A few of the lads who had been prisoners of war had learned the doubtful art of making whisky stills – quite illegally of course. Nevertheless, we had one going in our washhouse. An uncle of mine and a lad newly demoded opened a garage in the grounds of the Old Hall. It smelled of oil and old leather and was filled with motorbikes with magical names like: Norton, Triumph, Ariel, AJS, Panther, Matchless, BSA and Velocette. After a night working on the bikes they would retire to ‘The Fish Hut’ pub or ‘The Black Dog’ and sink a few pints and I would think what a great life, I’m going to have a crack at that when I’m old enough. And so I did, but somehow those glamorous times of the 1940s could not be re-created.

Things gradually returned to normal after the War, eventually we kids just got beyond the stage of playing out, we were ready to ‘spread our wings’ and there didn’t seem to be another generation of kids coming along to take our place. In the 1960s the houses of Knostrop, which would have sold for telephone number prices in today’s housing market had their woodwork stripped out and burned, and the houses themselves, bulldozed into the ground in order to make way for a concrete industrial estate. Ironically the building, they erected on the very spot where they had torn down our yard went down to the ground itself in a fire estimated to have cost a million pounds. No! It wasn’t me – honest! But could we have ever imagined that our old yard could be the site of anything worth a million pounds?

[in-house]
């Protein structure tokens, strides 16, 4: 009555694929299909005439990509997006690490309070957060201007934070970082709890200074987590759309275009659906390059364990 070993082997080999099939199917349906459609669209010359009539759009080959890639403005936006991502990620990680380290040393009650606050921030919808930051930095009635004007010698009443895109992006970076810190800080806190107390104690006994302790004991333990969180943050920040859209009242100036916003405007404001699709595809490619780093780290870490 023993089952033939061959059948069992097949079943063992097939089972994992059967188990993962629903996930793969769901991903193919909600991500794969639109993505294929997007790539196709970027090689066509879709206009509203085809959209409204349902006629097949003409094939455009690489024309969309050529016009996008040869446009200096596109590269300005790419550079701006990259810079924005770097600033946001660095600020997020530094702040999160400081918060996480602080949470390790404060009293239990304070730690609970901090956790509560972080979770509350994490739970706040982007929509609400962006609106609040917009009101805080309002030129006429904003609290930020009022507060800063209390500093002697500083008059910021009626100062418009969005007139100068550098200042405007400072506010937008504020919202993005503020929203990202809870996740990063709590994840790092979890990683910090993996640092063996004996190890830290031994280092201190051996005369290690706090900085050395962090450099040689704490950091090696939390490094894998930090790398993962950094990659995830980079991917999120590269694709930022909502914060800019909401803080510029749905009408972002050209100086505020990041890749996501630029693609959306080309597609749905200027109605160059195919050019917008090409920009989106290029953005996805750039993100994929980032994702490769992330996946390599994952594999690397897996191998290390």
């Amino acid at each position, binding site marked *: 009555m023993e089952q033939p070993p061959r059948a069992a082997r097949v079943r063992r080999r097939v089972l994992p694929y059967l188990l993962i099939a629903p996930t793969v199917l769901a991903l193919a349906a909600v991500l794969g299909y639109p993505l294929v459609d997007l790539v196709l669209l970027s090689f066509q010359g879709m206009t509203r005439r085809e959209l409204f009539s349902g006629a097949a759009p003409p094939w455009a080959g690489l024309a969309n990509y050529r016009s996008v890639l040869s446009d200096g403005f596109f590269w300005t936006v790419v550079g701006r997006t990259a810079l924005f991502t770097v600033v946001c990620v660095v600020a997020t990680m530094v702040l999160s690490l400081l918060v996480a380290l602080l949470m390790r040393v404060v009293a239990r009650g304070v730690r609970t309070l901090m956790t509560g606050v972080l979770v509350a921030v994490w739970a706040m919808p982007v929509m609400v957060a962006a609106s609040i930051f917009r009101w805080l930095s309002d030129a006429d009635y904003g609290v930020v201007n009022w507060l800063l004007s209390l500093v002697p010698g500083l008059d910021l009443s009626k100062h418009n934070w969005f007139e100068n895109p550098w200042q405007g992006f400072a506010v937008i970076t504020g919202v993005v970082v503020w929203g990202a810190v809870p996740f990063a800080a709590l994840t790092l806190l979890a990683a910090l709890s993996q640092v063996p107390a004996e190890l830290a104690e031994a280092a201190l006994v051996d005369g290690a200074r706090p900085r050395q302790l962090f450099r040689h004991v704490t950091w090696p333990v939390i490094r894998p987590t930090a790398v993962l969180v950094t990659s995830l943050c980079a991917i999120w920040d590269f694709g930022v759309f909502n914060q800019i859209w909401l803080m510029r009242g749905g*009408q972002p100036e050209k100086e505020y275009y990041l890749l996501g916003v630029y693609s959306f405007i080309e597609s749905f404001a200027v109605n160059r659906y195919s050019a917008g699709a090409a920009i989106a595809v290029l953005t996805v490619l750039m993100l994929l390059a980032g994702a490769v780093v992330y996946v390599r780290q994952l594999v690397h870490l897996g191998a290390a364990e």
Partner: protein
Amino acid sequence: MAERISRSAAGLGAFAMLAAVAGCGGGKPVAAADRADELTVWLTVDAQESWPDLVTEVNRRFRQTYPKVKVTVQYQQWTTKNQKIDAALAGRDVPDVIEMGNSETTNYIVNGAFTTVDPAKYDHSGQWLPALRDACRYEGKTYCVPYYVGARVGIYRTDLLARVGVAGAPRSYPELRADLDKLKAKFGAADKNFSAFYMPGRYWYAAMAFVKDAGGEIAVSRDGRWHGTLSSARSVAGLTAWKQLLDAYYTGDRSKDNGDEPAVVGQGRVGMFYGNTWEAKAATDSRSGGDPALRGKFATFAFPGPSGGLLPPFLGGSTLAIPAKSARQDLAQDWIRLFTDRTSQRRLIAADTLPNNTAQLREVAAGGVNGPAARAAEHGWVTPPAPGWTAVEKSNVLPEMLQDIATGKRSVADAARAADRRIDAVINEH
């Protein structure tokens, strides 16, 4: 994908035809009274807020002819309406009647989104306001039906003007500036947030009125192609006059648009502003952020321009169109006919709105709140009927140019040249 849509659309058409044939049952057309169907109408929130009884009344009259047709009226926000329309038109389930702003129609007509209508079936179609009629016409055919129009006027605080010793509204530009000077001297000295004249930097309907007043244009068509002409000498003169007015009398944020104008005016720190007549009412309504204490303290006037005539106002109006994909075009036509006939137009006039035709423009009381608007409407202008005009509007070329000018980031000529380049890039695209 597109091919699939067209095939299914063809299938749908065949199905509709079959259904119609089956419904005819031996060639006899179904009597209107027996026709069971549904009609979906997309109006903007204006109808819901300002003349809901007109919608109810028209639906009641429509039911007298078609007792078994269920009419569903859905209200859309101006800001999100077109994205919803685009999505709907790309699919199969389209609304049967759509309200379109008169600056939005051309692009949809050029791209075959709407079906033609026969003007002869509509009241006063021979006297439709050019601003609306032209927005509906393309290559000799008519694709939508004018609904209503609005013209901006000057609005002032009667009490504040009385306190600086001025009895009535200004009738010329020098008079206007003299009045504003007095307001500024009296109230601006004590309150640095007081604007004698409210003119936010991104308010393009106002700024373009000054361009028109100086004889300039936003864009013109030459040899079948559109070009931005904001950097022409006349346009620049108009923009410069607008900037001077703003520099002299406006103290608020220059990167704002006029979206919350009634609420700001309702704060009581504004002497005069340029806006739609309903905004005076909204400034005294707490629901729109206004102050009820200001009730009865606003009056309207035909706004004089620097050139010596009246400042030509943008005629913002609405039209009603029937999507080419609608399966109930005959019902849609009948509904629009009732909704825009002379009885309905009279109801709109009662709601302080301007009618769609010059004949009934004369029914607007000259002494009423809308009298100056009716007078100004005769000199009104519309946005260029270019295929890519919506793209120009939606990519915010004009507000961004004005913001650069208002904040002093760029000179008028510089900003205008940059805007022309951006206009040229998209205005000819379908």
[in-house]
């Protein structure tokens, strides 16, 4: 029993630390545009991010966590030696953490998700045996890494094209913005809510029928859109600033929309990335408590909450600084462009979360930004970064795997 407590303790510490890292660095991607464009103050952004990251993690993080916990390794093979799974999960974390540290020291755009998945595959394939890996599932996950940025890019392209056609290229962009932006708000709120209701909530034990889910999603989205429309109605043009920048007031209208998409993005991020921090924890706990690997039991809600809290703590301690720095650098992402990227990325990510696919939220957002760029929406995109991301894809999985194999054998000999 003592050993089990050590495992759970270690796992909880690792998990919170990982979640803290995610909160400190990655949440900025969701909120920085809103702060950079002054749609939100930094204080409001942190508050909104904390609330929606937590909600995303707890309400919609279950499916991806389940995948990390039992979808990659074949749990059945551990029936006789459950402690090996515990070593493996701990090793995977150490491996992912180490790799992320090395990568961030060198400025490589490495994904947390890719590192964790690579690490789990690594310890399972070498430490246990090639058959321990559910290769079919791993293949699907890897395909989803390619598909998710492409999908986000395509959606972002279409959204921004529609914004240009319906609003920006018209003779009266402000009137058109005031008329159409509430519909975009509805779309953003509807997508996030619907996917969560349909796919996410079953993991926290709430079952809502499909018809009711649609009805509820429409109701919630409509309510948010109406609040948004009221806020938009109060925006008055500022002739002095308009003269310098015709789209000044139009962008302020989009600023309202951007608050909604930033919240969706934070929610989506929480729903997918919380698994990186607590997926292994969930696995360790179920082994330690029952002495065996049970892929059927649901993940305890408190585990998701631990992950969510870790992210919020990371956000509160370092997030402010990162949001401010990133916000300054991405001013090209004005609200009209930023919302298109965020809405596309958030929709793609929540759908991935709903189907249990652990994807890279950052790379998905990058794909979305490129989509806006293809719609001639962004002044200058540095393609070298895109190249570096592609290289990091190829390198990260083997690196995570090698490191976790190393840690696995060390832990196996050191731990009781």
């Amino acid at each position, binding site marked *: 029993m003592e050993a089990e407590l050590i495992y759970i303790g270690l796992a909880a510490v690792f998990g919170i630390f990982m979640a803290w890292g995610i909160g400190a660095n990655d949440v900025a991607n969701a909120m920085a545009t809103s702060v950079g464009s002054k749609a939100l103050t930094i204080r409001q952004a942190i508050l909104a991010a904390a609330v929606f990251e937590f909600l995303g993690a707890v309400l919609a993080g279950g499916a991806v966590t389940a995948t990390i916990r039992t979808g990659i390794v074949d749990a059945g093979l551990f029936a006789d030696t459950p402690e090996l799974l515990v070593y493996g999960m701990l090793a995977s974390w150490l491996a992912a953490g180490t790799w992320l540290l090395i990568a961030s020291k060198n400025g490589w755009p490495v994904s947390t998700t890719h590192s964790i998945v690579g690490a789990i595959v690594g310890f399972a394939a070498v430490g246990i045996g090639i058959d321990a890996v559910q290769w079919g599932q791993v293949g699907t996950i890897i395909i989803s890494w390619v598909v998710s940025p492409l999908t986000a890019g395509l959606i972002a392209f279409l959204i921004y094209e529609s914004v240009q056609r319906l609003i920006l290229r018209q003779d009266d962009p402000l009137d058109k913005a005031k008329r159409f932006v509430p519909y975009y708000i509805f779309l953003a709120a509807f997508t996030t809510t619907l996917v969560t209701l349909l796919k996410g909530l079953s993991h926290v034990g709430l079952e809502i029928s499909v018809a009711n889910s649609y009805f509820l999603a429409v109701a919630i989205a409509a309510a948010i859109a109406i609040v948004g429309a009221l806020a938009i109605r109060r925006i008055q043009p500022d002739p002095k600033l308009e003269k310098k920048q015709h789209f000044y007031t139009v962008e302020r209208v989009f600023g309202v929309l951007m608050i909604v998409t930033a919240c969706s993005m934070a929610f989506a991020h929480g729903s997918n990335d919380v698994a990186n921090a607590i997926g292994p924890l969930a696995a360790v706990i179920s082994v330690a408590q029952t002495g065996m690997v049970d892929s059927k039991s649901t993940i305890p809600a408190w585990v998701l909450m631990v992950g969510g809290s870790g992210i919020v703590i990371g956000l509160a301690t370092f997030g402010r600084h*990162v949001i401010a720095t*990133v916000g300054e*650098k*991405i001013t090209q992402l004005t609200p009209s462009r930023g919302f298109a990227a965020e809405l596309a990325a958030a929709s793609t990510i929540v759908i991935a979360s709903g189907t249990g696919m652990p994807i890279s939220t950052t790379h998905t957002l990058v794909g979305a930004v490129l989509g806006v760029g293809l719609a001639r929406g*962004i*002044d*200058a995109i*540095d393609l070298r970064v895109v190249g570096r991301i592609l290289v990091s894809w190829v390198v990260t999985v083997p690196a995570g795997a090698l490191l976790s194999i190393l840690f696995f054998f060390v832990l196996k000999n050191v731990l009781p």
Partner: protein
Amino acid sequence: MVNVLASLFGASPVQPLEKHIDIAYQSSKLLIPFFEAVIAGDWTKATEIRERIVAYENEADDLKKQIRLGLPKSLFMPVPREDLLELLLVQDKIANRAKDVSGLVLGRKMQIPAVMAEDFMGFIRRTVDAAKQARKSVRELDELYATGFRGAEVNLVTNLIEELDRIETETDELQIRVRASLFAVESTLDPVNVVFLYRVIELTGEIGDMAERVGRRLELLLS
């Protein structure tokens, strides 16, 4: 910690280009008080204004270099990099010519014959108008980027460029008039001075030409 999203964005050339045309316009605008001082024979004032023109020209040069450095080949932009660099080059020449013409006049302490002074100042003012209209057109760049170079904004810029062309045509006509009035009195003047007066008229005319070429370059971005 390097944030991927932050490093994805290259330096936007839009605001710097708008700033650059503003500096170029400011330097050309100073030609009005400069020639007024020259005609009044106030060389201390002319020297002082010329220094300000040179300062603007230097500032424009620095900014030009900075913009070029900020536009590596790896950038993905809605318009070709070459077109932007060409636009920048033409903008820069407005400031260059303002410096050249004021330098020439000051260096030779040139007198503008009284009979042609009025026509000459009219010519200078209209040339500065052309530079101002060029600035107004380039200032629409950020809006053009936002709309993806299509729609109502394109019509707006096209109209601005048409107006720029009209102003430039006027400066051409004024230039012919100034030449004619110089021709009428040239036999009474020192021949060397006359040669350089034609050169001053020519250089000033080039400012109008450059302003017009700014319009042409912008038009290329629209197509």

Pauline as the last of the gang to leave the yard is honoured by having the last word.
‘I was the last of the gang to leave Knostrop; I was in my late twenties. We had to leave owing to re-development. I remember the day we left our lovely old cottage, the only home I knew and loved. I burst into tears I couldn’t help it, I was so unhappy to be leaving. It didn’t seem to matter that we were moving to a new home with hot and cold water, bathroom, indoor toilet, central heating and easy access to town and the shops. I had never been used to mod cons so I didn’t miss them.

The older inhabitants of Knostrop were turfed out of this semi-rural ideal to more modern urban living. But modern conveniences do not necessarily make up for a friendly rural community. ‘You could take the folk out of Knostrop but could you take Knostrop out of the folk!’ Some of the older ones found it difficult to settle and perhaps passed away earlier than they should. Such is evidently the price of progress – and Knostrop – like the War, lives on only in our memories. But when we are gone – who will remember Knostrop then?